A Box 40 Years In The Making



The genesis for this box goes back to my earliest days in the trade, when I got caught in the middle of a p!$$!ng contest between a cabinetmaker and a finisher in the shop where I was working.  They were both opinionated and passionate about most things in the shop, but the real nexus of conflict for me was their insistence that there was a way, and only one way, to portion and use sandpaper.  How was I to know it was a Battle Royale?  It’s just a stupid piece of sandpaper!


The cabinetmaker insisted that a full sheet of sandpaper be creased on the center line of each axis, torn to the center of the sheet along one of those crease lines, then folded so that the four quadrants were stacked on top of each other when the sheet was folded.   The finisher was equally adamant that the full sheet of sandpaper be cut in half along the short axis, with the remaining halves being folded in thirds for use. Being 16 or 17 at the time with no time in the trenches, my response was to try diligently to remember to simply use the sandpaper the same way as whichever of the psychopaths I was working with at the time.

Over time I gravitated to the half/thirds strategy of the finisher.

In recent times as my scale of work keeps getting smaller and smaller I struck out on a new path that disagreed with both of these cranks.


Yes, I now start by cutting a full sheet of sandpaper in half along the short axis.


Then I cut each of these halves into four equal pieces, divided along the short axis of the halved paper, yielding eight identical pieces per full sheet.  I generally then take each of these 1/8 sheets and either fold it into three sections or cut it into three sections.


To use the small sandpaper pieces on the surfaces I fashioned a group of sanding blocks to work perfectly with the new size.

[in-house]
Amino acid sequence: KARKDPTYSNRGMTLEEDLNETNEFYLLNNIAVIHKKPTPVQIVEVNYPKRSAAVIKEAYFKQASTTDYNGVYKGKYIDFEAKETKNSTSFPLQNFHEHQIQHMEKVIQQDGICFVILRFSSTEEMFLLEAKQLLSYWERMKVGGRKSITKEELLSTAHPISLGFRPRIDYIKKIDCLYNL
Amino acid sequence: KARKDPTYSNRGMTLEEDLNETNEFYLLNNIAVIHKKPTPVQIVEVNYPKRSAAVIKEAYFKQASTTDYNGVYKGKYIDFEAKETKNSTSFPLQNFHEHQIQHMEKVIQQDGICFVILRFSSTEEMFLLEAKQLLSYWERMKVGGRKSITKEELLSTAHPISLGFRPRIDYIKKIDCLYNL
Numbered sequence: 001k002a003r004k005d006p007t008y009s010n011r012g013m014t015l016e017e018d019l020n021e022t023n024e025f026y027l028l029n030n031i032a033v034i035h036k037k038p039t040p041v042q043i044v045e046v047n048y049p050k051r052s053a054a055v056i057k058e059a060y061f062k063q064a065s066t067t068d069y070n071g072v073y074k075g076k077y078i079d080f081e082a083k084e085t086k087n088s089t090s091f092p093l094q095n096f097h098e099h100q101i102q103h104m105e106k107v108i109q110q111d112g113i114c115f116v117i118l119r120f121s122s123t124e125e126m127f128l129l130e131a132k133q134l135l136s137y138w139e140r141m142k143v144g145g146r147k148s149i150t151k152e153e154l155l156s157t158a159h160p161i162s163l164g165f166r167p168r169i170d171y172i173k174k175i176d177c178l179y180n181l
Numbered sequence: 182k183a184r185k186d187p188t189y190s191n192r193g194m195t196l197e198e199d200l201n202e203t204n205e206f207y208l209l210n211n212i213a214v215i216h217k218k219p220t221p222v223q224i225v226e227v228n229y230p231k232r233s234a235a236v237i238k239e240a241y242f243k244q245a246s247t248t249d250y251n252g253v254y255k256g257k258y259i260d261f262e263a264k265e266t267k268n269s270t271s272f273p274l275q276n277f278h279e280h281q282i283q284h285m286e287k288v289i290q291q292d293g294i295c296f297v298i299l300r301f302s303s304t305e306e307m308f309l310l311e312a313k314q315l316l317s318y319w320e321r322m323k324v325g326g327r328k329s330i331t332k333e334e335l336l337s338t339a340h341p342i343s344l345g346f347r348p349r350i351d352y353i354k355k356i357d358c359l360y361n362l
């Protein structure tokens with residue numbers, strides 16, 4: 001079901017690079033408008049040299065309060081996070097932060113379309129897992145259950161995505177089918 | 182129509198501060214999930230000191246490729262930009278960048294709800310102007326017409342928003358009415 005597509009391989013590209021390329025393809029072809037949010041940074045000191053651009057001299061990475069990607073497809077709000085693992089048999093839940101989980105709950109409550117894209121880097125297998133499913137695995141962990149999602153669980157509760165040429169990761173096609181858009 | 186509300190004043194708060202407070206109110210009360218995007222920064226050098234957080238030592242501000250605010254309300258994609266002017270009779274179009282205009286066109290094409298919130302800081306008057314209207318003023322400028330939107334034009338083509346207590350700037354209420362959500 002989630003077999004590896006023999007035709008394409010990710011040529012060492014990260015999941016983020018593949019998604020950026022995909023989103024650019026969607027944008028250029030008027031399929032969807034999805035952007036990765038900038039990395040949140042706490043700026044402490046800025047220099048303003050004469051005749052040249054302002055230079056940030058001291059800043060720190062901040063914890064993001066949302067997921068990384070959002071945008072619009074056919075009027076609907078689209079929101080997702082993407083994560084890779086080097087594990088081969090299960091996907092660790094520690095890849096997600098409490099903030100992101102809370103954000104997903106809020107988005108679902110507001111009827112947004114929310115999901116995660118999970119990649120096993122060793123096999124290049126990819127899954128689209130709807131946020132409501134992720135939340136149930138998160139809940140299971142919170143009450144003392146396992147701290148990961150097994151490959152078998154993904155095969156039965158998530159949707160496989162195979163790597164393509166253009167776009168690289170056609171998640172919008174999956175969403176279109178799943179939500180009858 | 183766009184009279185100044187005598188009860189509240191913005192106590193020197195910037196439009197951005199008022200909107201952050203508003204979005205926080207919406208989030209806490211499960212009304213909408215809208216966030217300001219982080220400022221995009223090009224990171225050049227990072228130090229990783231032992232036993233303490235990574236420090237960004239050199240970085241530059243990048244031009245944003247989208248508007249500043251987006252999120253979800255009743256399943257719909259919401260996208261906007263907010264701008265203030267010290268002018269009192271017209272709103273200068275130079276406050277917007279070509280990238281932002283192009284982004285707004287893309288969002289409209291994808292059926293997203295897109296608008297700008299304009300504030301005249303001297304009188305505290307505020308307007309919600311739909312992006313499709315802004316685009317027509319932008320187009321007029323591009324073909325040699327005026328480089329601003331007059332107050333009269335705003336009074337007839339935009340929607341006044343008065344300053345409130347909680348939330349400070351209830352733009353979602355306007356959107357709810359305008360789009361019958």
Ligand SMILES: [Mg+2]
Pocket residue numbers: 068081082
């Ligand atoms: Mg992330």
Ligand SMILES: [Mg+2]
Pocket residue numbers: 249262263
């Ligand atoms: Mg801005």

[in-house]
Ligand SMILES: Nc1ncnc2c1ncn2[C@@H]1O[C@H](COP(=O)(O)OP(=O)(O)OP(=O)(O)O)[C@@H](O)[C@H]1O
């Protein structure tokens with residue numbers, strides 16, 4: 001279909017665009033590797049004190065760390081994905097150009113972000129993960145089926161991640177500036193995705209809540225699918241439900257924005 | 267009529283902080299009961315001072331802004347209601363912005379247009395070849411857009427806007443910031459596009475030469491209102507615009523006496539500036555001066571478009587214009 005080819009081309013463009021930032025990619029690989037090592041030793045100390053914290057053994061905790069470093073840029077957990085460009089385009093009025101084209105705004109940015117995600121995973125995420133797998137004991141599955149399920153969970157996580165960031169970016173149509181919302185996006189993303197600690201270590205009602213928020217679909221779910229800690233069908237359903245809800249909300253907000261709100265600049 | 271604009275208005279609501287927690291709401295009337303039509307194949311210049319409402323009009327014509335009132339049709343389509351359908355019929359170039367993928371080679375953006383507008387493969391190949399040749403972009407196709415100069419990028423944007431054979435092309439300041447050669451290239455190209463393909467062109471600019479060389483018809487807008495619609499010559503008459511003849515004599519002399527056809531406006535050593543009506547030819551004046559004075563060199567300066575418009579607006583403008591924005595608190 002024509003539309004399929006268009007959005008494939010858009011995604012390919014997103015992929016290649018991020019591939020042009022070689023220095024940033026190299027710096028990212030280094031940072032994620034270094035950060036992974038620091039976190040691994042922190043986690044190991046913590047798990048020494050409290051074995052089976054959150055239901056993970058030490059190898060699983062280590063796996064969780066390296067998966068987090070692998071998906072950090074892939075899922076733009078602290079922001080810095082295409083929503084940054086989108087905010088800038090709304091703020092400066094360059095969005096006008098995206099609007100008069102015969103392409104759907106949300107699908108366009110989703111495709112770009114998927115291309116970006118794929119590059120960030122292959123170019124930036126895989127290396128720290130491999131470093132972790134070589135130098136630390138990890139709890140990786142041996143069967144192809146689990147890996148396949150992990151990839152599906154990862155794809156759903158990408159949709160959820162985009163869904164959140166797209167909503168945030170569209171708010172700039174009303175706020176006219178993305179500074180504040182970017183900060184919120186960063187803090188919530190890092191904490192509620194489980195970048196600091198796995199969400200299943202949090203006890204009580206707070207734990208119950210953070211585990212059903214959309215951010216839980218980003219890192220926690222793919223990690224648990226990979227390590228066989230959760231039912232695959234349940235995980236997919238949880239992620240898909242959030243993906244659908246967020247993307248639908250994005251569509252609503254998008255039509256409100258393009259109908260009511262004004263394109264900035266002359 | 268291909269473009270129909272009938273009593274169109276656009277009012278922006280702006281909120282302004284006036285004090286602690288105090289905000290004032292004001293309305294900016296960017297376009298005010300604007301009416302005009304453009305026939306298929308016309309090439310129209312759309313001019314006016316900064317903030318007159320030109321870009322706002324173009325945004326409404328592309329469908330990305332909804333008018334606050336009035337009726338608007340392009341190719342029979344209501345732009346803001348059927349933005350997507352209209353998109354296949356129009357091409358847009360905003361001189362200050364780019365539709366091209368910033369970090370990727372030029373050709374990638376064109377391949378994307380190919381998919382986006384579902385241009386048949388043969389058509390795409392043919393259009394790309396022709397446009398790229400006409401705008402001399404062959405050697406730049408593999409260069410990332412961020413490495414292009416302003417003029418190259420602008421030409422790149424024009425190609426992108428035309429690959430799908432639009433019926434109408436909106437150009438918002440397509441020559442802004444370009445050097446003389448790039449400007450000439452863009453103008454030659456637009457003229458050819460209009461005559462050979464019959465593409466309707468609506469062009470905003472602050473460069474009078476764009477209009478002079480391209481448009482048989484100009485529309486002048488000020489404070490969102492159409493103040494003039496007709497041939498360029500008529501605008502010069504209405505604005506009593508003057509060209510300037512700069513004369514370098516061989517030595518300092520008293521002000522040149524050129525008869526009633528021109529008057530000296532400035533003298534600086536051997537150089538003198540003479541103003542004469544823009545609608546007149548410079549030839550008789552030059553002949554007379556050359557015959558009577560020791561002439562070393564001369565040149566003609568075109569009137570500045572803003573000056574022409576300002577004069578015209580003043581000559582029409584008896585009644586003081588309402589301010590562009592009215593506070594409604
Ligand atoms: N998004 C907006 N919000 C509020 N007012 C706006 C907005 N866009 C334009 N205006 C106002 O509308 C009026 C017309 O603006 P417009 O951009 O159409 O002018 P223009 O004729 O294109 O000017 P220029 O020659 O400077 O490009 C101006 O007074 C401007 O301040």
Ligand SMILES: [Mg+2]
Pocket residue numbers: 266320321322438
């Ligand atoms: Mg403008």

I made several dividers for the interior of my sandpaper box (purchased recently at a Cincinnati flea market), and filled it with paper in the following grades:

80 grit garnet/AlOx

120 grit garnet/ AlOx

150 grit Tri-M-ite silicone carbide

180 grit garnet/AlOx

220/240 grit Tri-M-ite

320 grit Tri-M-ite

400 grit Tri-M-ite

In identical spaces I include the following wet-or-dry silicon carbide paper:

220 grit

320 grit

400 grit

600 grit

1500 grit

I love this new arrangement as it makes the sandpaper easy to find and grab, and I see that my pile of “scrap” sand paper is much smaller.  I also discovered that with these small pieces of paper I find myself switching off much more frequently to new sand paper rather than trying to “get just a little bit more” out of a bigger piece before I throw it away.  Using sandpaper too long is counter productive in three ways; first, once the grit is gone any further effort will not accomplish much, it burnishes rather than abrades; second, “worn” sandpaper gums up a lot and imparts new problems to the surface; and third using sandpaper too long and on multiple projects leads to cross contamination headaches.

Once I get some time, perhaps this summer, I will put a proper japanned finish on the box.  But for now it just sits on the work bench and gets used a lot while I get a smile on my face each time I reach for a new piece.

Who knew that both of those guys were wrong?